Lord Ravensworth, the son of Sir Henry Liddell, created a Baronet in 1821, was the major landowner in the area. Ravensworth Castle was the family seat and I remember going to military tattoos there before the war. It was demolished just after the war.
This is one of the most interesting street names in Dunston. James Renforth was a famous rower and, believe it or not, Dunston was a household name among the rowing fraternity in the middle 1800s. Harry Clasper, who was born in Dunston in1812, was the foremost oarsman of his time and is buried in Whickham Churchyard. There is a fine statue on his grave looking over the Tyne, the scene of his former triumphs. James Renforth succeeded him as world champion sculler. He was born on the Rabbit Banks, Gateshead, in 1842 and was variously a blacksmith's striker, a soldier in the West Indies, and a keelman at Dunston. He won several medals as a swimmer before, at the age of 25, competing in his first professional skiff race against James Boyd on the Tyne for a £100 stake. In the next four years he won against all comers on the Tyne, Thames, Wear, Aire, Humber and Dee.
In 1870 he rowed in the International Fours Championships on the St. Lawrence River, Canada for £1000 prize money with other Tyneside idols, James Taylor, Thomas Winship and John Martin, winning easily. A year later he tried to repeat this feat for a £500 prize on the Kennebacassis River in Canada and collapsed when well in the lead. Renforth died two hours later at the early age of 29. His last words were 'What will they say in England?' His body was brought back for burial in Gateshead Cemetery. It was rumoured that drugs had played some part in his premature death, but this could not be proved. A crowd, said to have exceeded 100,000, attended his funeral and a tablet, carved to represent a broken oar, with his touching last words engraved on it, was placed in St. Mary's
James Clephan was the editor of The Gateshead Observer, the first Gateshead newspaper.
Sir Henry Keppel (1809-1904) was commander of the Mediterranean Fleet based at Gibraltar and finished his career as Commander-in-Chief, Devonport. He was an intimate friend of Edward, Prince of Wales, later King Edward VII, and his wife was rumoured to be one of the King's many mistresses.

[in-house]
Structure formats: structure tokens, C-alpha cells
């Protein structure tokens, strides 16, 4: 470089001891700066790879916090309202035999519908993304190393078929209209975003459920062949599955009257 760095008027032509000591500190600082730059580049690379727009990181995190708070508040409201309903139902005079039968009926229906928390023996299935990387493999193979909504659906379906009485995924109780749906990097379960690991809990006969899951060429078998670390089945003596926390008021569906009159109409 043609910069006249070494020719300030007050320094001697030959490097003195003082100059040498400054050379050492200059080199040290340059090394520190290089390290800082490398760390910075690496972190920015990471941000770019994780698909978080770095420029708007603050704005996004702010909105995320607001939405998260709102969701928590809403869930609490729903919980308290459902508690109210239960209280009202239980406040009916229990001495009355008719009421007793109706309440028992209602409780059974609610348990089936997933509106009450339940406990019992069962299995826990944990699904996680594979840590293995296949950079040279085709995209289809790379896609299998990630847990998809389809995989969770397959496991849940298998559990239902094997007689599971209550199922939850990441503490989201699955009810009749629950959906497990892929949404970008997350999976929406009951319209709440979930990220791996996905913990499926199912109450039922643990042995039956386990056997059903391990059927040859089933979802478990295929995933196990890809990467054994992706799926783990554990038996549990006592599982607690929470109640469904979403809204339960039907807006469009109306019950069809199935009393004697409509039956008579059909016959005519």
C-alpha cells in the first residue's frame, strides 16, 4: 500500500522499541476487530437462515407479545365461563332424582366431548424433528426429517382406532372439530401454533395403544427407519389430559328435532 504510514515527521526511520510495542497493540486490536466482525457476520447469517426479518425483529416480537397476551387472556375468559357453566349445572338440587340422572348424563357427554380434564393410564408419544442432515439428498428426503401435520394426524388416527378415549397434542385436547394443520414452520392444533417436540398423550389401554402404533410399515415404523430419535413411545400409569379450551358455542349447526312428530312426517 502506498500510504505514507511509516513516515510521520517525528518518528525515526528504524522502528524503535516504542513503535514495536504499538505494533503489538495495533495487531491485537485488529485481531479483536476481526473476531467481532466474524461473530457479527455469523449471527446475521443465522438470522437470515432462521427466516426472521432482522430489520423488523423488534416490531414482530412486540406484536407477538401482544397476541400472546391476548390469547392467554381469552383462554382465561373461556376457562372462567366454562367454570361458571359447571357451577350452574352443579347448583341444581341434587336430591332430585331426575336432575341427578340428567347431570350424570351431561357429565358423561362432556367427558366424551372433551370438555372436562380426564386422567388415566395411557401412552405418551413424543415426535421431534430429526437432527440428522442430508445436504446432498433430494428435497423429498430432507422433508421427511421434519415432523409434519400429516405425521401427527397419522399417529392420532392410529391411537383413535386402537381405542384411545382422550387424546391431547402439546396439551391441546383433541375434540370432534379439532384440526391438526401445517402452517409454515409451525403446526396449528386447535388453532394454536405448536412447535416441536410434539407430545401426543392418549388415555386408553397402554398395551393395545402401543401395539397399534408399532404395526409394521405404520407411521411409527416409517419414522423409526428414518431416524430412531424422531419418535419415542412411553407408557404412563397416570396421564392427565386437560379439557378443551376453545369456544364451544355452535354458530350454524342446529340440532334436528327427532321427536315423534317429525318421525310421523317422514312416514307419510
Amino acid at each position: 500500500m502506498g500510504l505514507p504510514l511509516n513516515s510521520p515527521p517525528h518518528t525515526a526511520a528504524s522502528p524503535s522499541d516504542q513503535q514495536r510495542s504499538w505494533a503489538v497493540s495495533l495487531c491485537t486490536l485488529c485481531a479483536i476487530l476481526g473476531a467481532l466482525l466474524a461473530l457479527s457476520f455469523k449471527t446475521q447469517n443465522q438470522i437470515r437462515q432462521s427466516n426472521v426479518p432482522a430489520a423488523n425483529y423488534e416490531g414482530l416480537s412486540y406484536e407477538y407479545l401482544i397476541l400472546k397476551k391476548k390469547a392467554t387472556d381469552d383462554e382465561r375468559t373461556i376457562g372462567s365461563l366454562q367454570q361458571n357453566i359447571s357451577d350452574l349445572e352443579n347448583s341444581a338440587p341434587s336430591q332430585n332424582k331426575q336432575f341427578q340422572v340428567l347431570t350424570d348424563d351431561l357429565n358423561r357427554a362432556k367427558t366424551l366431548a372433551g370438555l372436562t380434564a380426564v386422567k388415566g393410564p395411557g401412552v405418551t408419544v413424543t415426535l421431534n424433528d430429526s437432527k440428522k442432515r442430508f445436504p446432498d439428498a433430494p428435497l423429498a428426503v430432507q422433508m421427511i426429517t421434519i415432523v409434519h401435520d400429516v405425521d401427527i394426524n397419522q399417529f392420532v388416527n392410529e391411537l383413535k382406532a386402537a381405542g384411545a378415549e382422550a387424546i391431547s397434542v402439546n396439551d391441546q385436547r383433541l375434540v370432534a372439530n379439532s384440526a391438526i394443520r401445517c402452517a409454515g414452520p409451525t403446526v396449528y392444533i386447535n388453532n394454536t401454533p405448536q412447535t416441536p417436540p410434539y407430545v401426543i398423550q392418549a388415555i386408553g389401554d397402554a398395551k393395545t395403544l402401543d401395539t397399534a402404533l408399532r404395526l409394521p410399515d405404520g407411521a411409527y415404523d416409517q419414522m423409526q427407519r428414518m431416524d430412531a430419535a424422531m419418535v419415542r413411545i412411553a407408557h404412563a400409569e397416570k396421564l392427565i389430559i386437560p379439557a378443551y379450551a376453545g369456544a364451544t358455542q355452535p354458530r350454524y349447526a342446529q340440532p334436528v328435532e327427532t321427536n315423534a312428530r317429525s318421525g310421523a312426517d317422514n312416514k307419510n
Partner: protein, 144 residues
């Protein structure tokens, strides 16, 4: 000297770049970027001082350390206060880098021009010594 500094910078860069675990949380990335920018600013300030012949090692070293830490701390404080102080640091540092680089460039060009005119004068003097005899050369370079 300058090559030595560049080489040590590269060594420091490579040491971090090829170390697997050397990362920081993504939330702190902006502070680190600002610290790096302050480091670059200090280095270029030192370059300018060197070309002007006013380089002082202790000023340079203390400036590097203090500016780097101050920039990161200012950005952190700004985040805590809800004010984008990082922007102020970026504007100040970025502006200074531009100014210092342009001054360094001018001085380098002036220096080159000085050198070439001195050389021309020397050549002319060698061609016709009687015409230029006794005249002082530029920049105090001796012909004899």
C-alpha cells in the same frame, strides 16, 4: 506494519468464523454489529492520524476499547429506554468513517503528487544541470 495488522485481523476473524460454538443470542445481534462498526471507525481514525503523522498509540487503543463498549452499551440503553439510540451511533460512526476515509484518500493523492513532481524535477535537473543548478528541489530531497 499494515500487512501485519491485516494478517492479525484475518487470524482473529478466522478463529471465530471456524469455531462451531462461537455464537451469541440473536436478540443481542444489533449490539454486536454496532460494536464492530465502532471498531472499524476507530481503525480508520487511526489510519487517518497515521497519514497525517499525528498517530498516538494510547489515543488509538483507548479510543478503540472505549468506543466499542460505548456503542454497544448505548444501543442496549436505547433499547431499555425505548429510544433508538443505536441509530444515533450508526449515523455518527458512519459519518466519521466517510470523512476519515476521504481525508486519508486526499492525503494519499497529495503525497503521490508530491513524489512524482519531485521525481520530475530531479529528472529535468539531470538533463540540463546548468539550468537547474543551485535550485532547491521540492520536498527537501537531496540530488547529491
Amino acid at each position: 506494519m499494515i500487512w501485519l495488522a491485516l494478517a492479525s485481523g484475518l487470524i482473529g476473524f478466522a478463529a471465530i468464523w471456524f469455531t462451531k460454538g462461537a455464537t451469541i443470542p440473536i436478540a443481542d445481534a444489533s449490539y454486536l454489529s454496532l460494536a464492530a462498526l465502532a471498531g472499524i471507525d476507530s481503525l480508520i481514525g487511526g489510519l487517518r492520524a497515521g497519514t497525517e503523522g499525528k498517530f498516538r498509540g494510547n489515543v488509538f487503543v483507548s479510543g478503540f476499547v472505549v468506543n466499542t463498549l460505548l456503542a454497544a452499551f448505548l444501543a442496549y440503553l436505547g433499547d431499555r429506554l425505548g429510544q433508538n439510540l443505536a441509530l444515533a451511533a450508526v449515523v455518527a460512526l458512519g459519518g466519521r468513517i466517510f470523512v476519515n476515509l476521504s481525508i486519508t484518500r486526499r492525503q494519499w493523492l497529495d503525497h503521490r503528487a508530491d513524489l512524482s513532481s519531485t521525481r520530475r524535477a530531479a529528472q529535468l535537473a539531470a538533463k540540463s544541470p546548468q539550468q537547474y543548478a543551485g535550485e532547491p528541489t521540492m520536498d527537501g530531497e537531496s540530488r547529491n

Ralph Carr-Ellison owned large areas of land in Dunston, Whickham, and Swalwell.
He lived in Dunston Hill, now occupied by Dunston Hill Hospital, which was a large country house surrounded by rolling countryside planted with specimen trees. Some of these trees still survive, notably the large beech tree at the top of Dunston Bank, and several magnificent horse chestnut trees, which have withstood the annual raids of young conker gatherers over the past century. Sir Ralph Carr-Ellison of Hedgely, the present descendant, is Lord Lieutenant of Northumberland.
Moore Avenue & Ede Avenue
These two streets were built in the early 1900s and were named after the Reverend William Moore-Ede, Rector of Gateshead (1881-1901), who advocated National Pensions and did great work to feed the poor by setting up soup kitchens in times of need. He was deeply loved by his parishioners.
St. Omers Road
This is one of the newer roads in Dunston and comprises Collingwood Terrace, Colliery Road, and Railway Street. It runs from the bottom of Ravensworth Road to join the old Power Station Road near the MetroCentre. Bishop Omer of Therouanne, who died in 670 AD, gave his name to a small area of marshy land at the mouth of the River Team (the Gut as it is commonly known) called St. Omers Haugh. This land was owned by the Hospital of the Virgin Mary, Newcastle and leased by Lord Ravensworth.
On the ordnance survey sheet of Dunston dated 1897 published by Alan Godfrey of 57-58 Spoor Street Dunston in 1981, is shown Baldwin Flat farm. It was between Knightside Gardens and the bottom of Redesdale Gardens and was run as a dairy by the Youens family up to about 1960. One of the girls who delivered milk round the Dunston area, in a small green van, was called Letty. The access to the dairy was at the bottom of Knightside Gardens just before the shops and it was called Baldwin Flats Dairy. Before World War 2 the bottom of Redesdale, Monkridge,and Knightside Gardens had not been built and there was a large field with a stream running through it that was a playground for local children.
The trees estate was built by the Whickham UDC in the 1920's and '30's probably by direct council labour.
Beech Drive was again Council Housing built in the 1950's by Whickham UDC.
Terraces were typical of housing in late 1800s and early 1900s.
Some pre 1900 terraces had been built on Ellison and Ravensworth Roads and Victoria, Athol and Seymour Streets. These tended to be simple and lacked the later refinements of bay windows, stone door surrounds and neat garden walls topped with metal railings. Most of these earlier terraces were built directly onto paths facing roads and only after 1900 did gardens become almost obligatory, no matter how small these might be.